Sizwe Banzi Is Dead Summary & Study Guide

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Sizwe Banzi Is Dead Summary & Study Guide Description

Sizwe Banzi Is Dead Summary & Study Guide includes comprehensive information and analysis to help you understand the book. This study guide contains the following sections:

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"Sizwe Bansi is Dead" was written by Athol Fugard and coauthored by John Kani and Winston Ntshona, the two actors who originally appeared in the play as Styles and Sizwe Bansi. The world premiere of the play occurred in 1972 at the Space Theatre in Cape Town, South Africa. The play provides a view into the social and political racism experienced by black South Africans in the 1970s, although the type of suppression and persecution depicted in the play was present well before the 1970s and would continue into the future.

"Sizwe Bansi is Dead" tells the story of Styles, an intelligent, capable, and talented man who leaves his job as a factory worker to follow his dream of owning a photography studio. Styles pursues his talent with a camera in order to preserve the faces and identities of his people, who would otherwise be forgotten by the rest of the world. The play also tells the story of Sizwe Bansi, a man condemned by his government to a life of poverty. Although he is willing and capable of work, the stamp in his government issued “passbook” refuses him a work permit and tells him that he must leave Port Elizabeth and return to his hometown of King William’s Town where there are no work opportunities. This government edict will, in all probability, result in the starvation of Sizwe and his family. Sizwe is taken in by a man named Buntu after he is discovered in a government raid. Sizwe hopes that Buntu will figure out some way for him to remain in Port Elizabeth and find a job to support his family, but Buntu can read and when he looks at Sizwe’s passbook he sees that he is three days past due in his return home. He knows Sizwe has no chance of finding a job or remaining in Port Elizabeth with the stamps in his book. However, Sizwe discovers a passbook belonging to a dead man and, after struggling with his decision to give up his own name, decides to adopt the identity of Robert Zwelinzima. The adoption of this new identity ensures that Sizwe will be able to look for a job and provide for his family.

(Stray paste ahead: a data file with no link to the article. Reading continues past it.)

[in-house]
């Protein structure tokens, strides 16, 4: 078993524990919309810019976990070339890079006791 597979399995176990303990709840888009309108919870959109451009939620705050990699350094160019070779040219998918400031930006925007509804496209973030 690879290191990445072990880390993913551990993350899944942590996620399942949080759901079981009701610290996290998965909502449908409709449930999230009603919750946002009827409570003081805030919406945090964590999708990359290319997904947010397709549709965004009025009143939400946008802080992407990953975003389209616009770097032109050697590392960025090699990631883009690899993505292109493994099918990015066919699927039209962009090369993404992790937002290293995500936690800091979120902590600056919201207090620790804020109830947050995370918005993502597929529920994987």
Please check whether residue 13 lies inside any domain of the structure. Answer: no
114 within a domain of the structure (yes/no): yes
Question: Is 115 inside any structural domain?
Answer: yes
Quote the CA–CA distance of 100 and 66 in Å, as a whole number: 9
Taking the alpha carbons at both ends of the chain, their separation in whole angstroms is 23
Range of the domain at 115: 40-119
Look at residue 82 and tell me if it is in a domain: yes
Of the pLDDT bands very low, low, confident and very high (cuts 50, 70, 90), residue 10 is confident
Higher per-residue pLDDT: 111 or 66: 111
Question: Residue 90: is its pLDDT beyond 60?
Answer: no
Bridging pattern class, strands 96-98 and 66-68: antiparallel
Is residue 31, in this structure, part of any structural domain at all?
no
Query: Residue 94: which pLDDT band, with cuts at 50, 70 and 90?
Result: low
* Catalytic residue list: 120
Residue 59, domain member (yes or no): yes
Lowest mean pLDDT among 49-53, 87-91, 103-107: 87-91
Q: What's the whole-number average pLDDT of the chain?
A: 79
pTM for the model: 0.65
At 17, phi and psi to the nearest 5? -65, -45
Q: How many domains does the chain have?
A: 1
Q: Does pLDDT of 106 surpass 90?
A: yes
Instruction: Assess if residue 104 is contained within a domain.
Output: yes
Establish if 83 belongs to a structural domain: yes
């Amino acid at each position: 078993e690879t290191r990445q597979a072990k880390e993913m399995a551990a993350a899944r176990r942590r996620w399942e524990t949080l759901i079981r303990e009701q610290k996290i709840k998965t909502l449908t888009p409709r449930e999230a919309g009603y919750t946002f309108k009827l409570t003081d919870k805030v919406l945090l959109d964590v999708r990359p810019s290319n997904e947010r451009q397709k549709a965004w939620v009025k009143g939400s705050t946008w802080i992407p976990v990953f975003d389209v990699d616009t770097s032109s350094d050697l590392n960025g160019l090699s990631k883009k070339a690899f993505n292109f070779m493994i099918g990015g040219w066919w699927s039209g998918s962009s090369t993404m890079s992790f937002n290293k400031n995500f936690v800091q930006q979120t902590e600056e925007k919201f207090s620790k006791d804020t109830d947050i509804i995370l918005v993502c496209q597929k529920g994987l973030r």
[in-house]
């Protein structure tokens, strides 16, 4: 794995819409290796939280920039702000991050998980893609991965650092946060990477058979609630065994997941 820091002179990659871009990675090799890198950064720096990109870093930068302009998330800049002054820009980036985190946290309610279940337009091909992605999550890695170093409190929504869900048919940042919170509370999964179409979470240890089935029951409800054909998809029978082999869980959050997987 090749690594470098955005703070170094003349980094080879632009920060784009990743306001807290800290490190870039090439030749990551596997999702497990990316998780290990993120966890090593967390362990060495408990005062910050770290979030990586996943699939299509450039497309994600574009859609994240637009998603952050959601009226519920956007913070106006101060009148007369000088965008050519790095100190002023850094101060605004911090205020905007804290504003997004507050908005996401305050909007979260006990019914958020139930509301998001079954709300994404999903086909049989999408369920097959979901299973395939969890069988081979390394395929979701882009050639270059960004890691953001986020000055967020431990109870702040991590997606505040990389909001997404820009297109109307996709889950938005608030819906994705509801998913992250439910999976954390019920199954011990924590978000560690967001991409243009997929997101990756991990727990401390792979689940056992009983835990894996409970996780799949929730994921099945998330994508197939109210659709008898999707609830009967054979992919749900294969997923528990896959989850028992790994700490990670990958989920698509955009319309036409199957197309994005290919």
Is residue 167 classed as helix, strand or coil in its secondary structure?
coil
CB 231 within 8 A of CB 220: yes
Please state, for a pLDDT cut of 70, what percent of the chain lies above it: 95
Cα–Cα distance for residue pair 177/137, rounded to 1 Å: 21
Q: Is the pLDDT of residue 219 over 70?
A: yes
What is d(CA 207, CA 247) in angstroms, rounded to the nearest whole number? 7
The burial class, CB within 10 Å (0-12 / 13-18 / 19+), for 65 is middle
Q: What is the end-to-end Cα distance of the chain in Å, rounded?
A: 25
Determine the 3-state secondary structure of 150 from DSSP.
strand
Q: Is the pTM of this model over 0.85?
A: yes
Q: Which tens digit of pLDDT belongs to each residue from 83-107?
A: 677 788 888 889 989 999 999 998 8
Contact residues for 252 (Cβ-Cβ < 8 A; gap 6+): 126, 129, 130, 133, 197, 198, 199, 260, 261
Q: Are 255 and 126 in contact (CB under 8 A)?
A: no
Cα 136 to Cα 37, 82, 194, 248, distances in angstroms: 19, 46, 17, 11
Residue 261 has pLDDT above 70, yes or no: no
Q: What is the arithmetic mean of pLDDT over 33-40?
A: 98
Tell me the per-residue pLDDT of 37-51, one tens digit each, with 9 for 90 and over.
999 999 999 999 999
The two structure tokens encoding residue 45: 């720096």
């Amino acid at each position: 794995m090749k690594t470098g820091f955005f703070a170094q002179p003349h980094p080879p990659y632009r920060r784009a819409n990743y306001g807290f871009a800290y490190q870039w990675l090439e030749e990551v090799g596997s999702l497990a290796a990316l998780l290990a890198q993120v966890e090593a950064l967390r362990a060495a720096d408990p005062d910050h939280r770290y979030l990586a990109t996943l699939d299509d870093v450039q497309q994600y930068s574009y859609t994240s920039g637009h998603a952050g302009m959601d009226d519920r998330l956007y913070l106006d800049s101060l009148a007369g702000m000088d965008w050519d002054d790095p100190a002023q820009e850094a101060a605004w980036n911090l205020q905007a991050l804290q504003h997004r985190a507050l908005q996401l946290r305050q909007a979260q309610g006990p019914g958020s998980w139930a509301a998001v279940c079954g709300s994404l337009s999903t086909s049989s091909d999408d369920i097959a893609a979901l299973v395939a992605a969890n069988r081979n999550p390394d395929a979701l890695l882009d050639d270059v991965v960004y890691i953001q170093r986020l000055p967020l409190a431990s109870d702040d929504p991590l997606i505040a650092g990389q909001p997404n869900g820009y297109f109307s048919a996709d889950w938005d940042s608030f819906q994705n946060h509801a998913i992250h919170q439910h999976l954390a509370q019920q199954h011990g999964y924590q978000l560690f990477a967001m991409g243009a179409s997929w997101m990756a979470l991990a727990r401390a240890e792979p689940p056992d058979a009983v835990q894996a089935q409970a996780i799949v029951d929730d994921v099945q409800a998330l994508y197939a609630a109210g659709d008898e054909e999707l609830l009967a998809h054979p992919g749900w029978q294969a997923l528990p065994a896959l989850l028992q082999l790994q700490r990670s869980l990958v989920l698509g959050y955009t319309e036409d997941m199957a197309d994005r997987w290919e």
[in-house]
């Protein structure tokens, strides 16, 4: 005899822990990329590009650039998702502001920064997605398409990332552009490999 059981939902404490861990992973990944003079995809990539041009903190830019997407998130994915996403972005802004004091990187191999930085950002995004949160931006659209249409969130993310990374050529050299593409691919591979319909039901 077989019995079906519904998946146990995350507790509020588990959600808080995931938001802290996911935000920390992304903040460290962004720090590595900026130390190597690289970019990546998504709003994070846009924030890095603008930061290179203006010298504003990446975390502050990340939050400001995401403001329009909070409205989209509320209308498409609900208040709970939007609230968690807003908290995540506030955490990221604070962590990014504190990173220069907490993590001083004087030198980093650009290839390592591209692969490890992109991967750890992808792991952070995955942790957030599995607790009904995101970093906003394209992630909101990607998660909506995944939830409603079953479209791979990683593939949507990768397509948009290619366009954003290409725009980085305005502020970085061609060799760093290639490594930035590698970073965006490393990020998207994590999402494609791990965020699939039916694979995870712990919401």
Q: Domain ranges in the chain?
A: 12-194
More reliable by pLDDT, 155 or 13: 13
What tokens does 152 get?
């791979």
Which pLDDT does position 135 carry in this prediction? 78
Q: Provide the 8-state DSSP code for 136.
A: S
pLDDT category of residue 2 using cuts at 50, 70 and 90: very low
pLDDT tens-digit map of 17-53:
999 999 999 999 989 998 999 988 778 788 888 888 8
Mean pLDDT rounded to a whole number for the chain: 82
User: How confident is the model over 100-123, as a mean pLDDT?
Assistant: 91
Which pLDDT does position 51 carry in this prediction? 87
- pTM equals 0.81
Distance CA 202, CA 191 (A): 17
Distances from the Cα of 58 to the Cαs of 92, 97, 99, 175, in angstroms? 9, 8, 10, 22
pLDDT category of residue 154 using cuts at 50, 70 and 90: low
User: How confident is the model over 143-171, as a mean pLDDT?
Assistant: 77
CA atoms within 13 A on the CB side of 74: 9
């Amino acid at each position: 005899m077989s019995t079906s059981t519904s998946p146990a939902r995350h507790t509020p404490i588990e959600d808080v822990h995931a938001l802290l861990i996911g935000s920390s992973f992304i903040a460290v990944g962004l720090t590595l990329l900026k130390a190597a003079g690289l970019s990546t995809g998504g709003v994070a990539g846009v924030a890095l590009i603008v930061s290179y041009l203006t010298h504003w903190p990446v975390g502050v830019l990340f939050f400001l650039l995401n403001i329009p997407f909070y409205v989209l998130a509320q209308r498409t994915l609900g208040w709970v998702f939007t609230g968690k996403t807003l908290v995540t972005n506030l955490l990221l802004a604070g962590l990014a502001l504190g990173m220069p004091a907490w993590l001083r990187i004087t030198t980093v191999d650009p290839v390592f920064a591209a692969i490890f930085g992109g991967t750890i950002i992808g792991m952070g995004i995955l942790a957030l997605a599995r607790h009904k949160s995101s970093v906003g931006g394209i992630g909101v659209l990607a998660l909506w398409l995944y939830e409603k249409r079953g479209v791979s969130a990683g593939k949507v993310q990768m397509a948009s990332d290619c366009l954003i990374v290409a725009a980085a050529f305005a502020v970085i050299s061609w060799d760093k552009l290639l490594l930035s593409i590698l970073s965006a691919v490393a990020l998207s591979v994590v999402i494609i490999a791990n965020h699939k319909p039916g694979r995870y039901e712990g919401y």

In the early scenes of the play, Styles’s musings are interrupted by the entrance of a man named Robert Zwelinzima, who has come to have his picture taken so that he can send it to his wife and children back home. Over the course of the rest of the play, it is revealed that Robert Zwelinzima is actually Sizwe Bansi living under the new identity he has adopted. Just as Sizwe Bansi is forced to essentially “kill” himself in order to preserve his life and the life of his family, his story illustrates the ghostly existence of the black population of South Africa. They are told who they are, where to live, and how to live, by a book developed and stamped by white men. They are forced to give up their dignity and humanity in order to continue to exist. They are constantly treated as less than human and are certainly never given the respect they deserve. However, Styles’s motivation for his photography preserving the faces and memory of his people makes it clear that the taking of Sizwe Bansi’s portrait is a moment of hope and triumph. Sizwe Bansi has been forced to alter his name and identity in order to provide for his family, but this photo taken by Styles preserves him forever as both Sizwe Bansi and Robert Zwelinzima. It reveals that he is indeed a human being with an identity and a history. This photo will preserve his name and his life for the generations to come.

The story told in "Sizwe Bansi is Dead" explores the themes of identity, self-worth, racism, and suppression. The passbook that every black man is forced to carry is the foundation for this question of identity. The passbook imposes limits on the employment and travel of all black citizens in South Africa. It takes away their freedom, making them less than men. Their entire lives are contained in this passbook, and with a single stamp one white man can totally alter a black man’s future and determine his fate. The characters depicted in the play struggle to maintain their own identities and sense of themselves as human beings under this oppressive rule. Within these circumstances, however, Styles, Sizwe, and Buntu realize that all they own is themselves. The only legacy they have to leave behind is the memory of their lives, so they strive to be the best men they can be and live the best lives they can. They show themselves to be far better men than their white “Baases” because they realize the value of human life and the sacredness of identity.

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